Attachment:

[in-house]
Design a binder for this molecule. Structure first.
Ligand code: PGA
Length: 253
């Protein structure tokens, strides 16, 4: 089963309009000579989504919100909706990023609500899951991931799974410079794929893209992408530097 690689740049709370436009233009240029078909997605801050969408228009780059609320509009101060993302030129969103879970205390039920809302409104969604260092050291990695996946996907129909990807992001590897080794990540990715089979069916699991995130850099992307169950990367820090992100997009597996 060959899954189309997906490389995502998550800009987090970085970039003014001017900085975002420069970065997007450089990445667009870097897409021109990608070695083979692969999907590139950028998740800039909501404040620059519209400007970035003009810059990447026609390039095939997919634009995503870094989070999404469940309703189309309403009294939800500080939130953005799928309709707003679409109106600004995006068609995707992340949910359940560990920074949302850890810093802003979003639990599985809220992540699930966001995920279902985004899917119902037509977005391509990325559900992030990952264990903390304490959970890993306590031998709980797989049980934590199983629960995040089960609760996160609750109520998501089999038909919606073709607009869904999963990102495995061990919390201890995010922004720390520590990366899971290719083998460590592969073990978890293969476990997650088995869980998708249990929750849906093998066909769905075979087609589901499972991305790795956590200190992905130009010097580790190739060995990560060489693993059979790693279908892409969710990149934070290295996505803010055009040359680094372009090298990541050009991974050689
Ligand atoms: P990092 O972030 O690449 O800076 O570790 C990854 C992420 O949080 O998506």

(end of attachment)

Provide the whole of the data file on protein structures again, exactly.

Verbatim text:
[in-house]
Design a binder for this molecule. Structure first.
Ligand code: PGA
Length: 253
């Protein structure tokens, strides 16, 4: 089963309009000579989504919100909706990023609500899951991931799974410079794929893209992408530097 690689740049709370436009233009240029078909997605801050969408228009780059609320509009101060993302030129969103879970205390039920809302409104969604260092050291990695996946996907129909990807992001590897080794990540990715089979069916699991995130850099992307169950990367820090992100997009597996 060959899954189309997906490389995502998550800009987090970085970039003014001017900085975002420069970065997007450089990445667009870097897409021109990608070695083979692969999907590139950028998740800039909501404040620059519209400007970035003009810059990447026609390039095939997919634009995503870094989070999404469940309703189309309403009294939800500080939130953005799928309709707003679409109106600004995006068609995707992340949910359940560990920074949302850890810093802003979003639990599985809220992540699930966001995920279902985004899917119902037509977005391509990325559900992030990952264990903390304490959970890993306590031998709980797989049980934590199983629960995040089960609760996160609750109520998501089999038909919606073709607009869904999963990102495995061990919390201890995010922004720390520590990366899971290719083998460590592969073990978890293969476990997650088995869980998708249990929750849906093998066909769905075979087609589901499972991305790795956590200190992905130009010097580790190739060995990560060489693993059979790693279908892409969710990149934070290295996505803010055009040359680094372009090298990541050009991974050689
Ligand atoms: P990092 O972030 O690449 O800076 O570790 C990854 C992420 O949080 O998506």